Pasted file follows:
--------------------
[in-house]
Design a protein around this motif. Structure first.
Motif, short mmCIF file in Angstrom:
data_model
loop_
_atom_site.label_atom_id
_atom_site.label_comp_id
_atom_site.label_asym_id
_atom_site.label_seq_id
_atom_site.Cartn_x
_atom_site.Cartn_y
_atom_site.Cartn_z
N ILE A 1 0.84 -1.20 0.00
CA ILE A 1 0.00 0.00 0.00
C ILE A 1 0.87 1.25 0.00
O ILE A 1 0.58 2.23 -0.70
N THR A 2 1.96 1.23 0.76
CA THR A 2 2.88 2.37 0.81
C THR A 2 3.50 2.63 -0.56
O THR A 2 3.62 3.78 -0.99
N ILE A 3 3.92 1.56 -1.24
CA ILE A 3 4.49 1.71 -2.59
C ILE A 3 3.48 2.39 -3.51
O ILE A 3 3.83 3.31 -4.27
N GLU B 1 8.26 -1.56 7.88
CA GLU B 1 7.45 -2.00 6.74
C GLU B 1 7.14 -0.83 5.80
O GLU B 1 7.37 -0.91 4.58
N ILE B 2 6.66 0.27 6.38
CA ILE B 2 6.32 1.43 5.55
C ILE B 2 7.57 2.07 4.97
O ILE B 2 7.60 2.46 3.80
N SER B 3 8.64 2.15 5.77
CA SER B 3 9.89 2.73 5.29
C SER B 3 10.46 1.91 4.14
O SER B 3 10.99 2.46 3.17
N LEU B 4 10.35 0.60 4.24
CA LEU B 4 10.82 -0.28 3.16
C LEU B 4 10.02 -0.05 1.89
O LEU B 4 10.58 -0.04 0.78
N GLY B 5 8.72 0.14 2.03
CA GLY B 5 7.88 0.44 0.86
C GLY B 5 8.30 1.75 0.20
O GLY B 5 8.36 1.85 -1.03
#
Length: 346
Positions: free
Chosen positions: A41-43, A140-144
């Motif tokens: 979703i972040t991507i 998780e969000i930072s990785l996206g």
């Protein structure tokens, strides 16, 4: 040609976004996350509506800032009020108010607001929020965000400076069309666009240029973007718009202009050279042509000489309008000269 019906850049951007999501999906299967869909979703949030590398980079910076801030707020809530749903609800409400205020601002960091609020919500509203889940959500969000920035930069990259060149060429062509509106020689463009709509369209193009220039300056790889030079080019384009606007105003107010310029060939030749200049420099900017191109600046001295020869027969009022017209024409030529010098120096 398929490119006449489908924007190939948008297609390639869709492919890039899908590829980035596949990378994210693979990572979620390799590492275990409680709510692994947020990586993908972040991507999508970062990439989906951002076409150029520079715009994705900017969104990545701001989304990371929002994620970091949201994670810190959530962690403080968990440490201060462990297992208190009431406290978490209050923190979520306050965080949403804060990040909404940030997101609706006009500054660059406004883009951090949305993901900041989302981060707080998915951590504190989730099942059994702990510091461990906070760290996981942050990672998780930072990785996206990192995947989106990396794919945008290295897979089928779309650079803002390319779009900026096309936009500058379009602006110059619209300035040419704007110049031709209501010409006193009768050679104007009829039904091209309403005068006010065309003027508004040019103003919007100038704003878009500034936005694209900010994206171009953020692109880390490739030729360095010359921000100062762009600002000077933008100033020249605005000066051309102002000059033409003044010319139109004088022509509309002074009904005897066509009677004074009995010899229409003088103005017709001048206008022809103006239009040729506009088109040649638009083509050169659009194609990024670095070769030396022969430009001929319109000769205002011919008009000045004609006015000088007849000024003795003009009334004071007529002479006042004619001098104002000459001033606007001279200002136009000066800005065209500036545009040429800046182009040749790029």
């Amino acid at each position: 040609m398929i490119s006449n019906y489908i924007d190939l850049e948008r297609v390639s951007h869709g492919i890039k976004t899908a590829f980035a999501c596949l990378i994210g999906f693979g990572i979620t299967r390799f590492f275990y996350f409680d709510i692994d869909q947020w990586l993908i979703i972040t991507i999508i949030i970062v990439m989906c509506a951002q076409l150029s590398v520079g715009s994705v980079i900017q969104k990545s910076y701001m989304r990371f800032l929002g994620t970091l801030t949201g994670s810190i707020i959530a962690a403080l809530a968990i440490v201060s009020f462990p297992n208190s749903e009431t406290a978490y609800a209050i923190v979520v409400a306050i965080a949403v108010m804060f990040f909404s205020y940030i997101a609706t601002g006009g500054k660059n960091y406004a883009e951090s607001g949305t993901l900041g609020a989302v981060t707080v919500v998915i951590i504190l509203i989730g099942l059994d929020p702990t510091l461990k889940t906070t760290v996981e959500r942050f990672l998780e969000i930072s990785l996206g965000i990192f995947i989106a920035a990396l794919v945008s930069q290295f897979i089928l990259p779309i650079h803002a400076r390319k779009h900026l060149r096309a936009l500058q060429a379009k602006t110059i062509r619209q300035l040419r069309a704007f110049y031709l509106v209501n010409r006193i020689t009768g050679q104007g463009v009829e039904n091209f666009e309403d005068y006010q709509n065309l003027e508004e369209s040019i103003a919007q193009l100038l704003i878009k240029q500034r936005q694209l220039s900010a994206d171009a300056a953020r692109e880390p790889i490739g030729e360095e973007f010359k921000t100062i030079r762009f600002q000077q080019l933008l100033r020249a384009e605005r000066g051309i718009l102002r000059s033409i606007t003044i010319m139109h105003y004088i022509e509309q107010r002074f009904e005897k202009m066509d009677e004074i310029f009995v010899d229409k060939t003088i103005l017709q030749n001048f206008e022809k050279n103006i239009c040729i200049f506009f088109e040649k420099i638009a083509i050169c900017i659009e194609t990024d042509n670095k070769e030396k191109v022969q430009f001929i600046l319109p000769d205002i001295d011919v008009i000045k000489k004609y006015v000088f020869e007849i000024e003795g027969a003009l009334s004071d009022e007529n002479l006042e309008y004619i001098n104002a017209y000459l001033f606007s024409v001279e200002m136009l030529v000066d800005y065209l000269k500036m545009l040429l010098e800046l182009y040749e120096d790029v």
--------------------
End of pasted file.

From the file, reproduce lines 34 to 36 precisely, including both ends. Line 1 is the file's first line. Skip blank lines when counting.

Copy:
CA SER B 3 9.89 2.73 5.29
C SER B 3 10.46 1.91 4.14
O SER B 3 10.99 2.46 3.17